Introduction to High-Performance Scientific Computing
by Victor Eijkhout
Publisher: University of Texas 2014
Number of pages: 535
A course in everything that it takes to be a successful computational scientist: computer architecture, parallel computers, machine arithmetic, numerical linear algebra, applications. The contents of this book is a combination of theoretical material and selfguided tutorials on various practical skills.
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by Susan Rodger - Duke University
These lecture notes present an introduction to theoretical computer science including studies of abstract machines, the language hierarchy from regular languages to recursively enumerable languages, noncomputability and complexity theory.
by Stephen Wolfram - Wolfram Media
Starting from a collection of simple computer experiments -- illustrated in the book by striking computer graphics -- Wolfram shows how their unexpected results force a whole new way of looking at the operation of our universe.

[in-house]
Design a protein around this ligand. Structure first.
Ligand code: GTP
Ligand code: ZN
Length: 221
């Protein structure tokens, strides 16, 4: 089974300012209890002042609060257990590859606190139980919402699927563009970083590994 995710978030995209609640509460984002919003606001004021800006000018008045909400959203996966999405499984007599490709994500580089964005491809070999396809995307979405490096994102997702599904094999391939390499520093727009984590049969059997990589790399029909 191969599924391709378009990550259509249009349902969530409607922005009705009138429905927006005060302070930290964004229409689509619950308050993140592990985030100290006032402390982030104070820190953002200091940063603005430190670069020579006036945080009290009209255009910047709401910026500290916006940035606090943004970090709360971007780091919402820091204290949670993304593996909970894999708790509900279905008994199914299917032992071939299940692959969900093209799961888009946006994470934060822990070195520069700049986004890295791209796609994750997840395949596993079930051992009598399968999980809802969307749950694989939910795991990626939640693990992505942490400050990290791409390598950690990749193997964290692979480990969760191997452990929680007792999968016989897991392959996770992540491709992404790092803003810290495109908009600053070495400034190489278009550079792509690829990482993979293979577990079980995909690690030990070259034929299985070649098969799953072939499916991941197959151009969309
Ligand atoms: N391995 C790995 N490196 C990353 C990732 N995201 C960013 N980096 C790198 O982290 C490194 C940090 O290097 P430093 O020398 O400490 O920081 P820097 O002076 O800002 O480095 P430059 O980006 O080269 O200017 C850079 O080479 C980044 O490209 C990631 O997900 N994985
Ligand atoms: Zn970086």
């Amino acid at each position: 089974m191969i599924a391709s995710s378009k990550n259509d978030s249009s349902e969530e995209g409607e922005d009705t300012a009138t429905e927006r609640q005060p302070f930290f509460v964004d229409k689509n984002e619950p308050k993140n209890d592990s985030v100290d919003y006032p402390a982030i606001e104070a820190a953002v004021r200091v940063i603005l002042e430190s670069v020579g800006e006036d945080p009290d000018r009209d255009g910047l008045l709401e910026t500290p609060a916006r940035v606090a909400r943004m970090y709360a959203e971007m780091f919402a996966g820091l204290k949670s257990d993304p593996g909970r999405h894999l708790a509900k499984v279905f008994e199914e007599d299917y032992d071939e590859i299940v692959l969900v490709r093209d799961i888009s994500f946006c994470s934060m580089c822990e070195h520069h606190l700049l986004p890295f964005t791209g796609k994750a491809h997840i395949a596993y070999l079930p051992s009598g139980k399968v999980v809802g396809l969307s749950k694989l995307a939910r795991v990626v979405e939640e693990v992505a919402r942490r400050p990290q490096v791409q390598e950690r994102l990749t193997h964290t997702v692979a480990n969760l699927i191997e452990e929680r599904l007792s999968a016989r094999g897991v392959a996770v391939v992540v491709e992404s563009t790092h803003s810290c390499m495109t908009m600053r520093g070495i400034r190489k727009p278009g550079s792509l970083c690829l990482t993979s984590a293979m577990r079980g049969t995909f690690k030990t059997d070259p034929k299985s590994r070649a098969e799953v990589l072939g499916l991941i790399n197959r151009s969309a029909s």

by Chris Bourke - University of Nebraska - Lincoln
A draft of text book for Computer Science I, covering CS1 topics in a generic manner using psuedocode with supplemental parts for specific languages. Computer Science is not programming. Programming is a necessary skill, but it is only the beginning.
by Lawrence C Paulson - University of Cambridge
This text teaches programming and presents some fundamental principles of computer science, especially algorithm design. The programming in this course is based on the language ML and mostly concerns the functional programming style.